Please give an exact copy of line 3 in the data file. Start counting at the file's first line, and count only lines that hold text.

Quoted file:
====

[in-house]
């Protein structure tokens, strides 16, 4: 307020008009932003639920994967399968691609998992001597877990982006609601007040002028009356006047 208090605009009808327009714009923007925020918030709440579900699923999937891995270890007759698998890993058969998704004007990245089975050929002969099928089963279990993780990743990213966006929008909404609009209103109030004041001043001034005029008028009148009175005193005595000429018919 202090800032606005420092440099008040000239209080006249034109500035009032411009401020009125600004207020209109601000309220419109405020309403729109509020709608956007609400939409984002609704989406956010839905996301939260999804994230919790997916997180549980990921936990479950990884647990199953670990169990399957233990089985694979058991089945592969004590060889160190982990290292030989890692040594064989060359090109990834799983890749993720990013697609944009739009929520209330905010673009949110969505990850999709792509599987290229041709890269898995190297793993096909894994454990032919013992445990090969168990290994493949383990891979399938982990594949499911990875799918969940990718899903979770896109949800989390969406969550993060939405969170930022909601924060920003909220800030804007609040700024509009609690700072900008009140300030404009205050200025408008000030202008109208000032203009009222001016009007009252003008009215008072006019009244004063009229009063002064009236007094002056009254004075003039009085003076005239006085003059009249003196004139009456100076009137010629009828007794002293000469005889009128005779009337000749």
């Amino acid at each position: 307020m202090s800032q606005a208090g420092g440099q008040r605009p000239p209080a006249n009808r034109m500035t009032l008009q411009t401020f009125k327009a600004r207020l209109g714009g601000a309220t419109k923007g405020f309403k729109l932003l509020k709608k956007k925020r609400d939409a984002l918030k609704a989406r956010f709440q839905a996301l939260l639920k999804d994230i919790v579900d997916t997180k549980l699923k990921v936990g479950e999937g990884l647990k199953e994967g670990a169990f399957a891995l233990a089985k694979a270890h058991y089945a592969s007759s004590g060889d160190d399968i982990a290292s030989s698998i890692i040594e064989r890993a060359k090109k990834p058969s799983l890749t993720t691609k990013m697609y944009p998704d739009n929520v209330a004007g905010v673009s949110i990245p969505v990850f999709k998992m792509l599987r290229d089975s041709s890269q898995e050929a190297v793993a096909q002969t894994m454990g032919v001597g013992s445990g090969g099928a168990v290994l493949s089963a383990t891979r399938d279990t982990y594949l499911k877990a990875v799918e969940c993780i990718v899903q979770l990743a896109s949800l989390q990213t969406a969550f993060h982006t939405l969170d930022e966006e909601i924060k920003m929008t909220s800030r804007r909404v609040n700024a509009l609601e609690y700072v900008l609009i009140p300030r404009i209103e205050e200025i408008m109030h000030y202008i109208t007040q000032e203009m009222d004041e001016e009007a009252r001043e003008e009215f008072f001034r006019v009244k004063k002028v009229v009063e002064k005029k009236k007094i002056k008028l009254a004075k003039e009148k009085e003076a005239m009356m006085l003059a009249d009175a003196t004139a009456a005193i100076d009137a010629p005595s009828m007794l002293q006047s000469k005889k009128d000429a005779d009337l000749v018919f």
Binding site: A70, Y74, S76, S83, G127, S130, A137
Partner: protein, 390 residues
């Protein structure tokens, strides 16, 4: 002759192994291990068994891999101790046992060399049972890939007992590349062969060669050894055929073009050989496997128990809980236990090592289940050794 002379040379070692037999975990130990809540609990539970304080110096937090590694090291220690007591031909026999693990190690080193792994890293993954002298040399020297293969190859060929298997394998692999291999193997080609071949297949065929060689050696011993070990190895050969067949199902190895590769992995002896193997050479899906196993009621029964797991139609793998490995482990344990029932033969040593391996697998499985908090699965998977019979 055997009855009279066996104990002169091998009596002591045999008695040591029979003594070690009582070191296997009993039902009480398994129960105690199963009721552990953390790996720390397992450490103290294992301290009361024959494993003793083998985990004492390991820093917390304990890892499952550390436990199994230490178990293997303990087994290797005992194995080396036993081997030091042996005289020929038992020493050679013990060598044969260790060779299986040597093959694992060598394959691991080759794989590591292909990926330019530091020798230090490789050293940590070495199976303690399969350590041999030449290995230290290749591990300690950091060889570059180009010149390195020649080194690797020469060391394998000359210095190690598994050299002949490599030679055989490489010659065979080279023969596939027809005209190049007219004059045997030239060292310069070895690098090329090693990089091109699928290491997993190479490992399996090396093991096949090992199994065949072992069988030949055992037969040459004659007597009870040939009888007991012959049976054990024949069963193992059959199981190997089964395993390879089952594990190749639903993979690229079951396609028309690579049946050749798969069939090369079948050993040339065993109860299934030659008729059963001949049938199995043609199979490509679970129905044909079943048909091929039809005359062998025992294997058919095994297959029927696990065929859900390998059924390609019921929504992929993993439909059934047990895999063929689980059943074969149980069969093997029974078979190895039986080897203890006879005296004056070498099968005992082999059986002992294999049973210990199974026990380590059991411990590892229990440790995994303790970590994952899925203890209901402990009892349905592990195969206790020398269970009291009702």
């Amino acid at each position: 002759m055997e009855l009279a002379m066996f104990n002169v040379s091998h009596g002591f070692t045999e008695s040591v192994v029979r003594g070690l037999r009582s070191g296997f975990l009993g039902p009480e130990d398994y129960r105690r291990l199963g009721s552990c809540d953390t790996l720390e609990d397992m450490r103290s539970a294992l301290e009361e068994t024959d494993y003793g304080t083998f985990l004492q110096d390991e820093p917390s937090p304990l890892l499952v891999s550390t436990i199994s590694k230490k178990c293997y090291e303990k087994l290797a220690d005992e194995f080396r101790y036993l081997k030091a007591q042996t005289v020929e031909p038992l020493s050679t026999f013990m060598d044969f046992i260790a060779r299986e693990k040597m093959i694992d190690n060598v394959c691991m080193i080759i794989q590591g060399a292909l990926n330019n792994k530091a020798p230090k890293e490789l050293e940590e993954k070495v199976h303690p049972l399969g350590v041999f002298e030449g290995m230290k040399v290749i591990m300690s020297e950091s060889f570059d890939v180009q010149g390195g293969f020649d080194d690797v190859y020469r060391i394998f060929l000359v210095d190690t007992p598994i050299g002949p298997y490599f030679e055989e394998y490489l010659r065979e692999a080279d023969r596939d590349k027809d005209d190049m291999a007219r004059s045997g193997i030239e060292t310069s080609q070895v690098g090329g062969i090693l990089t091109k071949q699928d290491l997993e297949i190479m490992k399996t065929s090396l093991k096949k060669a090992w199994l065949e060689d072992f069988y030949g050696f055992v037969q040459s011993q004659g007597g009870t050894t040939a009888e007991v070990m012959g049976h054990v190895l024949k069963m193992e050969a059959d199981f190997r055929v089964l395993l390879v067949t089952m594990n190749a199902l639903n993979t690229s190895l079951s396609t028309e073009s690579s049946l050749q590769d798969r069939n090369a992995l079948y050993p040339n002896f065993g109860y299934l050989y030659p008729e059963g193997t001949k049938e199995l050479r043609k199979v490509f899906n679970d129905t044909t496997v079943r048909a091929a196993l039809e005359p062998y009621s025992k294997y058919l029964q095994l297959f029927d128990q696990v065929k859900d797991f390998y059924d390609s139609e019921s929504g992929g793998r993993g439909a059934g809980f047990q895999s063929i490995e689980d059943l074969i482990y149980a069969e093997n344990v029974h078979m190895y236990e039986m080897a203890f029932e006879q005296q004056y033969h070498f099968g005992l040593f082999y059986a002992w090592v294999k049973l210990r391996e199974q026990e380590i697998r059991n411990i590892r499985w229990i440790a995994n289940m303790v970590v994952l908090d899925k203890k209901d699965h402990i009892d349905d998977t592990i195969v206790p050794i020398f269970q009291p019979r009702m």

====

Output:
């Amino acid at each position: 307020m202090s800032q606005a208090g420092g440099q008040r605009p000239p209080a006249n009808r034109m500035t009032l008009q411009t401020f009125k327009a600004r207020l209109g714009g601000a309220t419109k923007g405020f309403k729109l932003l509020k709608k956007k925020r609400d939409a984002l918030k609704a989406r956010f709440q839905a996301l939260l639920k999804d994230i919790v579900d997916t997180k549980l699923k990921v936990g479950e999937g990884l647990k199953e994967g670990a169990f399957a891995l233990a089985k694979a270890h058991y089945a592969s007759s004590g060889d160190d399968i982990a290292s030989s698998i890692i040594e064989r890993a060359k090109k990834p058969s799983l890749t993720t691609k990013m697609y944009p998704d739009n929520v209330a004007g905010v673009s949110i990245p969505v990850f999709k998992m792509l599987r290229d089975s041709s890269q898995e050929a190297v793993a096909q002969t894994m454990g032919v001597g013992s445990g090969g099928a168990v290994l493949s089963a383990t891979r399938d279990t982990y594949l499911k877990a990875v799918e969940c993780i990718v899903q979770l990743a896109s949800l989390q990213t969406a969550f993060h982006t939405l969170d930022e966006e909601i924060k920003m929008t909220s800030r804007r909404v609040n700024a509009l609601e609690y700072v900008l609009i009140p300030r404009i209103e205050e200025i408008m109030h000030y202008i109208t007040q000032e203009m009222d004041e001016e009007a009252r001043e003008e009215f008072f001034r006019v009244k004063k002028v009229v009063e002064k005029k009236k007094i002056k008028l009254a004075k003039e009148k009085e003076a005239m009356m006085l003059a009249d009175a003196t004139a009456a005193i100076d009137a010629p005595s009828m007794l002293q006047s000469k005889k009128d000429a005779d009337l000749v018919f």